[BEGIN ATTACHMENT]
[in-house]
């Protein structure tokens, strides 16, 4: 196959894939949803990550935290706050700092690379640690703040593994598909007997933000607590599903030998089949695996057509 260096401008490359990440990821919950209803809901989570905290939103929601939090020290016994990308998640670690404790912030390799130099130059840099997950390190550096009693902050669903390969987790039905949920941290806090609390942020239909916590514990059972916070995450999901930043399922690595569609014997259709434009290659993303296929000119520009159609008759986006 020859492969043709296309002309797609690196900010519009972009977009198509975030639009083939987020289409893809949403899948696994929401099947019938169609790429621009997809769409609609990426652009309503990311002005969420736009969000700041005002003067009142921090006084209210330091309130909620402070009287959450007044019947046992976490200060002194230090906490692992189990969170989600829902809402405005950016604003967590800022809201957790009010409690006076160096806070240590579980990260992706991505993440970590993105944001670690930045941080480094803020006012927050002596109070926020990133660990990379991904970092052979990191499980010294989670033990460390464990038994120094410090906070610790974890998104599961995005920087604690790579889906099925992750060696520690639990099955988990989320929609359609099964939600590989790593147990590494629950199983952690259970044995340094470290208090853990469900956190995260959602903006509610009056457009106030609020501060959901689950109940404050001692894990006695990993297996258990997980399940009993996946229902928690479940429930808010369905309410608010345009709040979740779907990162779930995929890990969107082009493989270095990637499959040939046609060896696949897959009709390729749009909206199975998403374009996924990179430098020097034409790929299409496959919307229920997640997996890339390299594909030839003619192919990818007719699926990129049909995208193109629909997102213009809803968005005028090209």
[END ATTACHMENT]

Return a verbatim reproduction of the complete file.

[in-house]
């Protein structure tokens, strides 16, 4: 196959894939949803990550935290706050700092690379640690703040593994598909007997933000607590599903030998089949695996057509 260096401008490359990440990821919950209803809901989570905290939103929601939090020290016994990308998640670690404790912030390799130099130059840099997950390190550096009693902050669903390969987790039905949920941290806090609390942020239909916590514990059972916070995450999901930043399922690595569609014997259709434009290659993303296929000119520009159609008759986006 020859492969043709296309002309797609690196900010519009972009977009198509975030639009083939987020289409893809949403899948696994929401099947019938169609790429621009997809769409609609990426652009309503990311002005969420736009969000700041005002003067009142921090006084209210330091309130909620402070009287959450007044019947046992976490200060002194230090906490692992189990969170989600829902809402405005950016604003967590800022809201957790009010409690006076160096806070240590579980990260992706991505993440970590993105944001670690930045941080480094803020006012927050002596109070926020990133660990990379991904970092052979990191499980010294989670033990460390464990038994120094410090906070610790974890998104599961995005920087604690790579889906099925992750060696520690639990099955988990989320929609359609099964939600590989790593147990590494629950199983952690259970044995340094470290208090853990469900956190995260959602903006509610009056457009106030609020501060959901689950109940404050001692894990006695990993297996258990997980399940009993996946229902928690479940429930808010369905309410608010345009709040979740779907990162779930995929890990969107082009493989270095990637499959040939046609060896696949897959009709390729749009909206199975998403374009996924990179430098020097034409790929299409496959919307229920997640997996890339390299594909030839003619192919990818007719699926990129049909995208193109629909997102213009809803968005005028090209």